# Find the hardest OEIS sequence to golf!

Notice: This question originally had people write comments with a shorter program, rather than new answers. This has been changed so that people with shorter programs can get reputation too. Hopefully this doesn't become unmanageable...

There have been a couple of OEIS-related questions recently, so here's another:

Pick a sequence from the Online Encyclopedia of Integer Sequences, and write a full program or function which computes the sequence in one of the following ways:

• It prints every term in the sequence in order
• It takes an index in the sequence as input, and returns/outputs the term at that index.

You will be trying to pick the sequence with the longest possible shortest possible program/function to compute that sequence (see the example below if that's confusing). You must include which sequence you are using in your answer.

Try to make your program/function as short as possible. If anyone can find a shorter program which computes the same sequence, they should add a another answer with their shorter program. If you do find a shorter program than someone else, you should refer to their answer in yours. For all answers, a Try it Online link would be nice. If someone else has written a shorter program than yours, it would be nice if you put a link to it in your answer.

Of course, none of the programs should access the internet or the OEIS in any way, and they should all theoretically work on arbitrarily large inputs (you can ignore things like the maximum size of an integer type).

The sequence with the longest shortest program in bytes is the winner.

## For example,

Let's say I pick the sequence A000027, the positive integers, and I submit this answer:

# Python, 49 bytes, A000027

x = "o"
while True:
print len(x)
x += "o"


Obviously this is not a very short program for computing that sequence, so someone else (let's call them foo) might come along and add this answer:

# Haskell, 2 bytes, A000027:

id


(id is the identity function, so it will just return whatever you pass into it, and because the nth positive integer is just n, it will compute that sequence).

Then, the person who posted the Python solution should edit their answer:

# Python, 49 bytes, A000027

Superseded by foo's answer (link).

x = "o"
while True:
print len(x)
x += "o"


As long as no one else finds a shorter program, this sequence would get a score of 2 (because id is two bytes), and the sequence with the highest score wins.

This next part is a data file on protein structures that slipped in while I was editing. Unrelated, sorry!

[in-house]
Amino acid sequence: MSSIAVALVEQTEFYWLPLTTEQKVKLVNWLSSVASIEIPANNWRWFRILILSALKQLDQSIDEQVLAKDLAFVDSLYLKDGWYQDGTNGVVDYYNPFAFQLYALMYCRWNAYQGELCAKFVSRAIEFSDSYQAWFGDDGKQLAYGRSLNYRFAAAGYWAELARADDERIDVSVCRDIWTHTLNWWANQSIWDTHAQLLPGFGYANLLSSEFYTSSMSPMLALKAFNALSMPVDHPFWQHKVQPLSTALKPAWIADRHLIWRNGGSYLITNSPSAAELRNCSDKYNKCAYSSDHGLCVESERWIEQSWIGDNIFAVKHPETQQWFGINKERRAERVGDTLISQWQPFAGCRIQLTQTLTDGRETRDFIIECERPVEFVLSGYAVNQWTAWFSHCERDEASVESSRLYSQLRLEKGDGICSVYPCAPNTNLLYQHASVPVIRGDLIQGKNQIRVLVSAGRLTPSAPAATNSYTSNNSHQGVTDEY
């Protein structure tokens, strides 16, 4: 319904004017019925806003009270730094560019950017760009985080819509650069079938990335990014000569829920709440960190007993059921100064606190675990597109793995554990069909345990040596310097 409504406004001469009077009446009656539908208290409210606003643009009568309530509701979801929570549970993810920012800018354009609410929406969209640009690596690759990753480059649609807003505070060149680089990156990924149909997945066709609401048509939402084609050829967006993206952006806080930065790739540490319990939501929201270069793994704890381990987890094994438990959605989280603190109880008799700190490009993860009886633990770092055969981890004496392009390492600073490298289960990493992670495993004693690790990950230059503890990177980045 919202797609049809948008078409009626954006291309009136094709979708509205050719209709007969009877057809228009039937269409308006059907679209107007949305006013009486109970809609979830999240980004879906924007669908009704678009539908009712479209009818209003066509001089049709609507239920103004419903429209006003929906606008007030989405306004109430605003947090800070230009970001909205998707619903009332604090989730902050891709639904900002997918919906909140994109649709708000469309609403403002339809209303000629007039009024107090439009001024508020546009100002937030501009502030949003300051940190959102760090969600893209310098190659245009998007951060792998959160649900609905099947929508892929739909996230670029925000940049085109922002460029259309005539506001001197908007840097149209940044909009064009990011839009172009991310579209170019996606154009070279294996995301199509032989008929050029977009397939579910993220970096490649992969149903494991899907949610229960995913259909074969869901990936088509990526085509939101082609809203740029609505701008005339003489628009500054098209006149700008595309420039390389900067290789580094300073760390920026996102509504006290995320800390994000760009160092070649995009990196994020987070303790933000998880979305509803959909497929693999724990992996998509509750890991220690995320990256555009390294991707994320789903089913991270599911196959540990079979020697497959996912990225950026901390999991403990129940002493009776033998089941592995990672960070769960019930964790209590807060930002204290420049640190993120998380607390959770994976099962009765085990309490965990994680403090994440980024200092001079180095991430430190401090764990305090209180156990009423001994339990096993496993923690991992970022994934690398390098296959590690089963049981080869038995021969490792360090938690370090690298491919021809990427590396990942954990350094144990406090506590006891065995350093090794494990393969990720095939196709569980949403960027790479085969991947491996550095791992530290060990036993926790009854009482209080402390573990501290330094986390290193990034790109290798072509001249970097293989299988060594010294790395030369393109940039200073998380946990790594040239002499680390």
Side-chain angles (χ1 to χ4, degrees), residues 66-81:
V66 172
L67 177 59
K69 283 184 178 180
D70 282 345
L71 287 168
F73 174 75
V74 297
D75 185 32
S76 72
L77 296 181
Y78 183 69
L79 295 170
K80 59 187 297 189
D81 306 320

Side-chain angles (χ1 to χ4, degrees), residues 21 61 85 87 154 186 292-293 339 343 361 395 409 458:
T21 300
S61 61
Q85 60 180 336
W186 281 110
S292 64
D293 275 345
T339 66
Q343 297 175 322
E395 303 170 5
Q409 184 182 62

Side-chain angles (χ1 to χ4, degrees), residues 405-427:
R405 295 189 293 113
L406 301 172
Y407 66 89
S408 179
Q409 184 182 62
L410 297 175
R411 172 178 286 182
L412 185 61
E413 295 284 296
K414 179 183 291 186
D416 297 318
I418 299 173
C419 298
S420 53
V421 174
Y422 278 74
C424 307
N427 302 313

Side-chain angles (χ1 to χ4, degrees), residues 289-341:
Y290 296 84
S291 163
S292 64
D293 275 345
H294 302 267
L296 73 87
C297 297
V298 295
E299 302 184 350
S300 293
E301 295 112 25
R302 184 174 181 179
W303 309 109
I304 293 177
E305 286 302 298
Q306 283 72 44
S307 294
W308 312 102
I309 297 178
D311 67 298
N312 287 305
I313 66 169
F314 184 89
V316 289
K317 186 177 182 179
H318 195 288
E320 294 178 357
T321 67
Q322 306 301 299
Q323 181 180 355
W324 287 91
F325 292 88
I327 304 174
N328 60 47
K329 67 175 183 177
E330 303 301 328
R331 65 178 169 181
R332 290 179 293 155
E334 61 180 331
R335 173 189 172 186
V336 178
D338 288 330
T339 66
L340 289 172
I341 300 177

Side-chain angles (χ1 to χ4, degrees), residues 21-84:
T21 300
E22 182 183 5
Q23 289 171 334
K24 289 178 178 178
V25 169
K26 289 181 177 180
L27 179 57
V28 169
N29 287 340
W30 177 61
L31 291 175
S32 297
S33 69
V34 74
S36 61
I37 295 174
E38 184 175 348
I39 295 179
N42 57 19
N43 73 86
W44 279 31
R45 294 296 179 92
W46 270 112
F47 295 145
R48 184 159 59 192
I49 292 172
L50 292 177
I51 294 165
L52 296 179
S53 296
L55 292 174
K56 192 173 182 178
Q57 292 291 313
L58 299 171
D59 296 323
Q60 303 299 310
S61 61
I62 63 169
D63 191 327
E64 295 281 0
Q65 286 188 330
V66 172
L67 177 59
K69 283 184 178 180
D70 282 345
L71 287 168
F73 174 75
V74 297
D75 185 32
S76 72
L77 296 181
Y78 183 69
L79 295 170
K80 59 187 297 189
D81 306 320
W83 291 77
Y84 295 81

Current best sequence: A014715, 252 bytes

• Isn't this trivially just something like A060843? – Expired Data Jul 11 '19 at 11:59
• The answer with the longest sequence is the winner. don't you mean that the answer with the longest answer in bytes is the winner? – Expired Data Jul 11 '19 at 12:04
• Should one update their answer with the current shortest program? – TFeld Jul 11 '19 at 12:50
• Honestly, the more I think about this question, the more it becomes obvious that the optimal strategy is finding challenges that are based on OEIS sequences and copying the shortest answer. – Stephen Jul 11 '19 at 12:54
• This looks like a cops-and-robbers done wrong because there's no incentive for the robbers. It might be worth taking it to the sandbox and enlisting mod help to lock it until it can be reworked. – Peter Taylor Jul 11 '19 at 21:31

# Wolfram Language (Mathematica), 270 252 bytes A014715

252 bytes, by Expired Data

RealDigits[NSolve[3x-6==Plus@@({6,-12,4,-7,7,-1,0,-5,2,4,12,-2,-7,-12,7,10,4,-3,-9,7,0,8,-14,3,-9,-2,3,10,2,6,-1,-10,3,-1,-7,7,-7,12,5,-8,-6,-10,8,8,7,3,-9,-1,-6,-6,2,3,10,2,-3,-5,-2,1,1,1,1,1,-1,-2,-2,1,2,1,0,-1}x^2~Range~71),x,#][[-1,-1,-1]]][[1,#]]&


Try it online!

I've never golfed in mathematica before, but the sequence seemed like an obvious contender. The code is more or less a copy of the example on the OEIS page.

The sequence is the decimal expansion of Conway's constant, which itself is the root of this polynomial:

$$\x^{71}-x^{69}-2x^{68}-x^{67}+2x^{66}+2x^{65}+x^{64}-x^{63}-x^{62}-x^{61}-x^{60}-x^{59}+2x^{58}+5x^{57}+3x^{56}-2x^{55}-10x^{54}-3x^{53}-2x^{52}+6x^{51}+6x^{50}+x^{49}+9x^{48}-3x^{47}-7x^{46}-8x^{45}-8x^{44}+10x^{43}+6x^{42}+8x^{41}-5x^{40}-12x^{39}+7x^{38}-7x^{37}+7x^{36}+x^{35}-3x^{34}+10x^{33}+x^{32}-6x^{31}-2x^{30}-10x^{29}-3x^{28}+2x^{27}+9x^{26}-3x^{25}+14x^{24}-8x^{23}-7x^{21}+9x^{20}+3x^{19}-4x^{18}-10x^{17}-7x^{16}+12x^{15}+7x^{14}+2x^{13}-12x^{12}-4x^{11}-2x^{10}+5x^{9}+x^{7}-7x^{6}+7x^{5}-4x^{4}+12x^{3}-6x^{2}+3x-6\$$

• Probably important to mention that the code is copied straight from the OEIS page for the sequence – Stephen Jul 11 '19 at 14:34
• 261 bytes – Expired Data Jul 11 '19 at 15:37
• And a few bytes more by jiggling the equation around – Expired Data Jul 11 '19 at 15:44
• @Stephen Well, I did reverse the polynomial to save a few bytes :P – TFeld Jul 11 '19 at 16:03
• @ExpiredData I've edited it into the answer. – TFeld Jul 11 '19 at 16:05

# Python 3, 3 bytes, A055642

Finally, a ridiculously short answer that isn't just A000027 or some other stupidly simple sequence.

len


This is a function. Number should be inputted as a string of its digits. Undefined behavior for non-integers and other strings.

# cQuents, 1 byte, A000027

\$


Try it online!

Just to have a baseline answer in case every other answer is cracked.

• Jelly, 0 bytes: Try it online! (sorry). Arguments are added to the stack in Jelly, and the top thing on the stack is printed when the program finishes, so the program takes an index as input, and outputs the corresponding term (which is just the same number). – pommicket Jul 11 '19 at 12:32
• @LeoTenenbaum ah, I remembered having the shortest answer to this and forgot that you had two different input styles – Stephen Jul 11 '19 at 12:52
• The 0 bytes version also works in GolfScript. Try it online! – jimmy23013 Jul 11 '19 at 13:12